Many Hope Reflected readers grew in a home where Sundays were made for going to church. I can remember as a child one Sunday in particular. I was about four years old, was wearing my favourite purple dress, and I was thirsty (think crawling through the Sahara desert and longing for a drop of water thirsty). I was trying to figure out a way to strategically squeeze out from between my parents and get out to the water fountain for a drink. As I was devising my plan, the pastor asked passionately, “Is anybody thirsty?!” and I immediately thought he was directing his question at me. “Yes!” I called out, “I am!” Of course, my outburst got a lot of laughs from the congregation, and eventually I really did get a drink.

More than an obligation or a ritual, there are so many reasons why going to church is important. A key part of our Faith, going to church can help each of us grow in several ways.

Going to church allows us a time for personal inventory and reflection. “Let us search out and examine our ways, and turn back to the LORD.” (Lamentations 3:40) One thing I love about being part of the Bible Chapel, is that during communion, we’re afforded the opportunity to reflect on what our Lord has done for us. 1 Corinthians 11:28 says, “But let a man examine himself, and so let him eat of that bread, and drink of that cup.” Just as much as church is a time for fellowship with other Christian believers, church is also a time for personal inventory and reflection. Through communion, Sunday sermons, Bible studies, and prayer, church provides an excellent opportunity to look at our own lives and look to the Lord. “I considered my ways and turned my feet to your testimonies.” (Psalm 119:59)

Going to church cultivates our character. “Being filled with the fruits of righteousness, which are by Jesus Christ, unto the glory and praise of God.” (Philippians 1:11) Going to church helps to cultivate character. When you’re being taught truth from a Biblical perspective, and as you learn to discern the difference between right and wrong, your character will grow. Being part of a solid church will help to develop and deepen your relationship with God, and will strengthen your character.

Going to church means being part of a family. “Now, therefore, you are no longer strangers and foreigners, but fellow citizens with the saints and members of the household of God.” (Ephesians 2:19) Even if your home life isn’t great, you can still be at home in the house of Christ. When you belong to a solid church, you’re part of an even greater family – God’s family. Jesus points out in Matthew 12:48, “Who is my mother, and who are my brethren?” He wasn’t questioning who his mother and his brothers actually were, He was merely pointing out the importance of our relations in a spiritual sense. Matthew Henry said in his commentary, “let us look upon every Christian, in whatever condition of life, as the brother, sister, or mother of the Lord of glory; let us love, respect, and be kind to them, for His sake, and after His example.”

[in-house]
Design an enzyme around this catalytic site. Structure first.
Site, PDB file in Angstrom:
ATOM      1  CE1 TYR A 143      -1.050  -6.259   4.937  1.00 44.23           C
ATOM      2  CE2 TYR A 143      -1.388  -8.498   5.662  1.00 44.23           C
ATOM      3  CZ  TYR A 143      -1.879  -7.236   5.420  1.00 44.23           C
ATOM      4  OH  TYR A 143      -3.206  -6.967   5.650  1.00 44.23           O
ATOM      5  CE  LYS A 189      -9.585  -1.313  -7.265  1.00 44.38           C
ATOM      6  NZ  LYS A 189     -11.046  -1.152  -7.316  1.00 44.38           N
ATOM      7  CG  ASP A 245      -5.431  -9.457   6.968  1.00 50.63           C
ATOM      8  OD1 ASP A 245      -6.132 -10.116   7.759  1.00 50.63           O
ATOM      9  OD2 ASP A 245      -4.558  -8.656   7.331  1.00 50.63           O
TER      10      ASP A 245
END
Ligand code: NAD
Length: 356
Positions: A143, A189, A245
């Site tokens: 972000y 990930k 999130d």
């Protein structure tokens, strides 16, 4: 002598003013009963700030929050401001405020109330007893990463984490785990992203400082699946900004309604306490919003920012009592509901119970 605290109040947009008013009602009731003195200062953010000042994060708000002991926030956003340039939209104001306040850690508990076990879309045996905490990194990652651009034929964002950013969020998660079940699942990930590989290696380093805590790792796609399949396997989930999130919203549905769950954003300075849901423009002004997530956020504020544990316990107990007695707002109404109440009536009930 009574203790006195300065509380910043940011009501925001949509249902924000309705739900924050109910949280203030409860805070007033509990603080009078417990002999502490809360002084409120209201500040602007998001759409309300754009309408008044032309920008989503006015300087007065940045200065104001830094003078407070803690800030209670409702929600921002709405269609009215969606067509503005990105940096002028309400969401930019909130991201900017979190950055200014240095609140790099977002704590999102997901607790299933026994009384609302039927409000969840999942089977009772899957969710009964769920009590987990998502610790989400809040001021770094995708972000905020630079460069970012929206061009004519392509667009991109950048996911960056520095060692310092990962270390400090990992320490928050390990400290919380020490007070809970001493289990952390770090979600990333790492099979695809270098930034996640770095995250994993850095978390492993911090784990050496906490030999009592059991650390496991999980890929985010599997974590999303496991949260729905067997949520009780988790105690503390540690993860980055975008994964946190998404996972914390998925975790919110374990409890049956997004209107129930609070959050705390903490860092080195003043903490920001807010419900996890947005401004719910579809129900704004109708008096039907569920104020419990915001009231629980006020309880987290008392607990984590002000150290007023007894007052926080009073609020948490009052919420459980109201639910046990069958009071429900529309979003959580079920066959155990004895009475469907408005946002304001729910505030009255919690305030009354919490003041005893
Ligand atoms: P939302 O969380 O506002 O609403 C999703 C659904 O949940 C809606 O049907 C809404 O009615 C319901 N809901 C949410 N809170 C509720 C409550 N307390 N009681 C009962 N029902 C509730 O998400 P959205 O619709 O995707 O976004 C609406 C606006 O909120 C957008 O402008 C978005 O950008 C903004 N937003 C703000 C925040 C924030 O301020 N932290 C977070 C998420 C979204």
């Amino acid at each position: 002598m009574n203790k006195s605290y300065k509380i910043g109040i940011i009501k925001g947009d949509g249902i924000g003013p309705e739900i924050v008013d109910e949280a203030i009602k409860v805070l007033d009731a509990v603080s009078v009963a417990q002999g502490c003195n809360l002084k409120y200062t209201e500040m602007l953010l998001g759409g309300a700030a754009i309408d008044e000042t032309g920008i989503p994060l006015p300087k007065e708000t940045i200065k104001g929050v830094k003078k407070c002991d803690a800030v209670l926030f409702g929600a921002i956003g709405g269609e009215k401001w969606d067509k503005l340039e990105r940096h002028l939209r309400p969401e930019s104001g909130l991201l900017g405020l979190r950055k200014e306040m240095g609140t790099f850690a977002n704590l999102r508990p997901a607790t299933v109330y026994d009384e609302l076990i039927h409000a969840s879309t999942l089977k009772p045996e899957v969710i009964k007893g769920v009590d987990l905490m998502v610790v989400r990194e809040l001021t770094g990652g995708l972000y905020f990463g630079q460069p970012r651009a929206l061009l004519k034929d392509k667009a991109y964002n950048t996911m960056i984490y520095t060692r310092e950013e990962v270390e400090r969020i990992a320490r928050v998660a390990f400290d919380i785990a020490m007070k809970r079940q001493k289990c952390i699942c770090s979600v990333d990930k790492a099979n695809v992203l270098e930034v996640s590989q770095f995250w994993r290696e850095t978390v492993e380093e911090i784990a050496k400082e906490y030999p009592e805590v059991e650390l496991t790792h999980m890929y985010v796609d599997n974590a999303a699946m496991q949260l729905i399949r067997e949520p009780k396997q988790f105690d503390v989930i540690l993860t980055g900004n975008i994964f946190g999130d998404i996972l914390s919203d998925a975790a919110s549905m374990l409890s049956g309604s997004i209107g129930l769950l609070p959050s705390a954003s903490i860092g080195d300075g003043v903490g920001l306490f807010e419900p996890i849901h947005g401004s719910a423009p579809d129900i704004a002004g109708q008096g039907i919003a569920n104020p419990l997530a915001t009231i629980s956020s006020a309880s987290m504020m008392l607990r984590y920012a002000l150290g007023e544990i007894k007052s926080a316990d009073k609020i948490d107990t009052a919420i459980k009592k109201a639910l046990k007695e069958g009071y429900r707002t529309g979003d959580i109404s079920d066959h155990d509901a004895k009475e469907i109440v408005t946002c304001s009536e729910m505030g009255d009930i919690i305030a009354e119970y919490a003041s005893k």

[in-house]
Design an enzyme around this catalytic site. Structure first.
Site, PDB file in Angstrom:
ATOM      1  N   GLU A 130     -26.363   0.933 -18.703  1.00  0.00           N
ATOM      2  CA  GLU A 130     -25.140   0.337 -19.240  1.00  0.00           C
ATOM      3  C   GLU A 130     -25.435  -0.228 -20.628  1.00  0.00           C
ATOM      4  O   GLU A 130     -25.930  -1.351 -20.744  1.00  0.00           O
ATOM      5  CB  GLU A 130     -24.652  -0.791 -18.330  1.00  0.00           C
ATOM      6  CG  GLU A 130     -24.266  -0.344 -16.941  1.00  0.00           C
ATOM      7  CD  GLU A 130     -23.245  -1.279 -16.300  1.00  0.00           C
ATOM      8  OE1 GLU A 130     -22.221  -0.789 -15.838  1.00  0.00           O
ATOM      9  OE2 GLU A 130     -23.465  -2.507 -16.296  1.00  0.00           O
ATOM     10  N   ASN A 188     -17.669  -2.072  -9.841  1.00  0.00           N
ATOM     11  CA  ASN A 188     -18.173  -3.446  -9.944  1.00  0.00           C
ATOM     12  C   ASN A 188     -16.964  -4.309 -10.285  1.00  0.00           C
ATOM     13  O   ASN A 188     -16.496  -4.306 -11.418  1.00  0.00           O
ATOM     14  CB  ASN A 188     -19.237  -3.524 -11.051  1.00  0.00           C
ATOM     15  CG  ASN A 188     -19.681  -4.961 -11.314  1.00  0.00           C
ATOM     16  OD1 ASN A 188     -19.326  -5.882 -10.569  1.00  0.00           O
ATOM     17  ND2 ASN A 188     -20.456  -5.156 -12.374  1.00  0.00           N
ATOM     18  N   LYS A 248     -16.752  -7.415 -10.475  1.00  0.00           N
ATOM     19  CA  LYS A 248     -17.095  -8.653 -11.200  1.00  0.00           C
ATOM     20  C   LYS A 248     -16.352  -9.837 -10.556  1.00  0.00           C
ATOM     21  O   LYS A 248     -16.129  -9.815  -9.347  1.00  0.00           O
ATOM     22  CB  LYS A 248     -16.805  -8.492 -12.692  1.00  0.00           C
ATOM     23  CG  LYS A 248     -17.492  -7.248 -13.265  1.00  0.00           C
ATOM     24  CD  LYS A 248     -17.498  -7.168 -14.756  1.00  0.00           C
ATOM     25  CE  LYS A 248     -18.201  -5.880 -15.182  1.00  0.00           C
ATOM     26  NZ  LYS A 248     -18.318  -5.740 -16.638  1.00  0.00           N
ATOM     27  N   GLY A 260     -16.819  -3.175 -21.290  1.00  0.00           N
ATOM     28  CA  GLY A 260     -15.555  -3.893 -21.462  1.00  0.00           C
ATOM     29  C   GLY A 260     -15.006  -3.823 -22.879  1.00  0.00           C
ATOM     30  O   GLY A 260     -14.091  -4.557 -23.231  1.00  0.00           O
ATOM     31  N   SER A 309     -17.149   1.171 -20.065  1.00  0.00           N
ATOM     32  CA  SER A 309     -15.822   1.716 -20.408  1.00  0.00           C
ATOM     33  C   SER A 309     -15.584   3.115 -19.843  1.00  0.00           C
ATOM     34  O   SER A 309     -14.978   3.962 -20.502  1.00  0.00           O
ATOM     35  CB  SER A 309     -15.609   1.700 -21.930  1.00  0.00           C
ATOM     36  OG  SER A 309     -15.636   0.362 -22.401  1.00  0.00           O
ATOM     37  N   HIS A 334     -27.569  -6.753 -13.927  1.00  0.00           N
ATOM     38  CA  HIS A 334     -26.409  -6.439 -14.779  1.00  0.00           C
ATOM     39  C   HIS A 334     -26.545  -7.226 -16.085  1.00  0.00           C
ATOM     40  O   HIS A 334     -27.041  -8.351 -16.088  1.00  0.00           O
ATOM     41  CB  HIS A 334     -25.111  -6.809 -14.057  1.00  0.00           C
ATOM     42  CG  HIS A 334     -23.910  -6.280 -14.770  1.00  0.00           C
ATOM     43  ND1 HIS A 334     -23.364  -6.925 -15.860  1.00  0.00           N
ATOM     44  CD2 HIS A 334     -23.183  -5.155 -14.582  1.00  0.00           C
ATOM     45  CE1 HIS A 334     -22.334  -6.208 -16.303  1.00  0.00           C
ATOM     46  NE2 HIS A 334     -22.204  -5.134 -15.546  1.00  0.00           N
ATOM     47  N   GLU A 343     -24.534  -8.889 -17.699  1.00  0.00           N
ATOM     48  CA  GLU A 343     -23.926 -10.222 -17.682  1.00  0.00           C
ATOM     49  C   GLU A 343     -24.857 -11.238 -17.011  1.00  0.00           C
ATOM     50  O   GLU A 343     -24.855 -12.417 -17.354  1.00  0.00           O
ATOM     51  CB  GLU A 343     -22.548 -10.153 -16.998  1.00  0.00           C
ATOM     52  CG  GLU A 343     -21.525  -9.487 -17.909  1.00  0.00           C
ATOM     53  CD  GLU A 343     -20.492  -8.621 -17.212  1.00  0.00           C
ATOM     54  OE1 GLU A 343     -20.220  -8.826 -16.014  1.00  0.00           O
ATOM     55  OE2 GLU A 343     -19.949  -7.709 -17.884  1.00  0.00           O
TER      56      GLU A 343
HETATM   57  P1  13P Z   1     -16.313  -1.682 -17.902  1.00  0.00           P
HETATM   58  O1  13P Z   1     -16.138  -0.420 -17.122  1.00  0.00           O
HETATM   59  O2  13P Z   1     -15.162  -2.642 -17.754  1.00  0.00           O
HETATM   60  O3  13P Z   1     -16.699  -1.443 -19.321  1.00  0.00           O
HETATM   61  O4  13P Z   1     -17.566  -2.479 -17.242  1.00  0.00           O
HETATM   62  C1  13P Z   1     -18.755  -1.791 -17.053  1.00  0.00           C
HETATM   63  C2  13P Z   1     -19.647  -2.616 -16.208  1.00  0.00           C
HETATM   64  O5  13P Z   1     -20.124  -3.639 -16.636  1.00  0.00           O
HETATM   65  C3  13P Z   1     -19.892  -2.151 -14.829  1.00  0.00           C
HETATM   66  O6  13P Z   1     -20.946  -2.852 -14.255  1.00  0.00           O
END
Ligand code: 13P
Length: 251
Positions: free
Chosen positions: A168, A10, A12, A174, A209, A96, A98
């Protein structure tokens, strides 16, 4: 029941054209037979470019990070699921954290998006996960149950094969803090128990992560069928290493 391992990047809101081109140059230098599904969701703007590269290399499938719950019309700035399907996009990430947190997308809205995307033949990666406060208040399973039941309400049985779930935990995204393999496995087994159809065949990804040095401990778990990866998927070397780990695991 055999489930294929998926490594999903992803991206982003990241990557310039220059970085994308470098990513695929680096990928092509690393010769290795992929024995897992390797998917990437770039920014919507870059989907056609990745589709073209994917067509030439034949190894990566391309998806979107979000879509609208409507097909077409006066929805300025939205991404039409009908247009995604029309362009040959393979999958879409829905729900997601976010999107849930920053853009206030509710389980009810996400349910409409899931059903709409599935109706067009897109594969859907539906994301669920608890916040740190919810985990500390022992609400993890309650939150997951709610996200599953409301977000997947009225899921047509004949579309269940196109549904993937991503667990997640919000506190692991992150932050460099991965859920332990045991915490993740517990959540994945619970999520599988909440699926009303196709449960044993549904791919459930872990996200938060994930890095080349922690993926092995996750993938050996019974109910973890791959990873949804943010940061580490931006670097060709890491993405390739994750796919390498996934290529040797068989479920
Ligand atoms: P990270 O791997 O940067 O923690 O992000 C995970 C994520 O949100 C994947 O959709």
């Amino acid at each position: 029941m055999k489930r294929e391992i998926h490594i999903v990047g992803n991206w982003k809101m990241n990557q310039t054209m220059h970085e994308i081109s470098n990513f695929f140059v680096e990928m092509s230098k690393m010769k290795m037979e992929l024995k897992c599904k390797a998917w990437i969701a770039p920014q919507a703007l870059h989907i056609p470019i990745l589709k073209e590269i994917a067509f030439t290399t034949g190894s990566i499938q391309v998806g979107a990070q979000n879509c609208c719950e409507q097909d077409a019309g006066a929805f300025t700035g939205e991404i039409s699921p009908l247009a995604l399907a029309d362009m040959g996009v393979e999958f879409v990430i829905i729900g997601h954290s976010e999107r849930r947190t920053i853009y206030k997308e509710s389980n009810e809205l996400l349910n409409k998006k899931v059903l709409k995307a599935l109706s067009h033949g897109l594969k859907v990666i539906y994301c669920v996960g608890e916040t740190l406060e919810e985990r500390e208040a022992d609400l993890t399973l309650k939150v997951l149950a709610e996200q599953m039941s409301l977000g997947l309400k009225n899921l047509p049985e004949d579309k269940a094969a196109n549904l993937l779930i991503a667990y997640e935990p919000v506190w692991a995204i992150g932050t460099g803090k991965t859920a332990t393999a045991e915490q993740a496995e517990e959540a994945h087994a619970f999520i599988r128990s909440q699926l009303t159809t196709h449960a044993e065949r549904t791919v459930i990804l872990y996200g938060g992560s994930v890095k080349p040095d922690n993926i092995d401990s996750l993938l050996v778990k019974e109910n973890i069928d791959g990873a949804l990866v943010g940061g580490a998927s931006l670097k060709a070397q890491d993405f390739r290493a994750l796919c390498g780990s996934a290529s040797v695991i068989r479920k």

Going to church is about so much more than going through the motions. When you’re part of a solid church, you will be challenged, cherished, comforted, and more. As the evangelist Dwight L. Moody said, “Church attendance is as vital to a disciple as a transfusion of rich, healthy blood to a sick man.”

Originally published as “The Church.” Minto Express, Independent Plus, Arthur Enterprise-News, Mount Forest Confederate. November 16, 2017: 7. Print. Web.

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January 2018

Wednesday Wisdom | Make it a habit to hide God’s Word in your heart

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"Your Word have I hidden in my heart, that I might not sin against You." (Psalm 119:11) Make it a habit to hide God's Word in your heart | Read more at hopereflected.com

Wednesday Wisdom: Make it a habit to hide God’s Word in your heart

You’ve likely heard the saying, “What goes in must come out” or “garbage in, garbage out”. What’s in your heart will show in your life. Do you have low self confidence? You’ll likely seek out others who are the same and who try to put you down to build themselves up. Is there bitterness in your heart? You and those around you can probably taste it in your words. Is there love in your heart? You’ll give that to others in the way that you treat them.

What’s in your heart will show in your life. That’s why it’s important to fill your heart with God’s truth, wisdom, love, and peace!

The book of Psalms is filled with wisdom, and Psalm 119 — in addition to being the longest chapter in the Bible — is filled with the insight of a person who despite living through a world of difficulties, finds joy and “delight” in following the Lord.

Psalm 119:11 says, “Your Word have I hidden in my heart, that I might not sin against You.”

A practical way to follow the Lord is to commit His Word (the Bible) to memory. I’m not suggesting you memorize the entire Bible (though some have!), I’m suggesting you start simple and memorize some of the verses that have impacted your life.

What Bible verses encourage you? What Bible verses comfort you? What Bible verses remind you what is right? Start with the Bible verses that speak the most to you, and commit them to memory, one at a time.

Maybe you’ll memorize one verse a week. Maybe you’ll memorize one verse a month. A great way to start is to write a couple of verses down on a sticky note, or an index card. Post it on your computer screen, or carry it in your purse. Make it a habit to hide God’s Word in your heart. After all, what’s in your heart will show in your life.

What is a favourite Bible verse that you’ve memorized?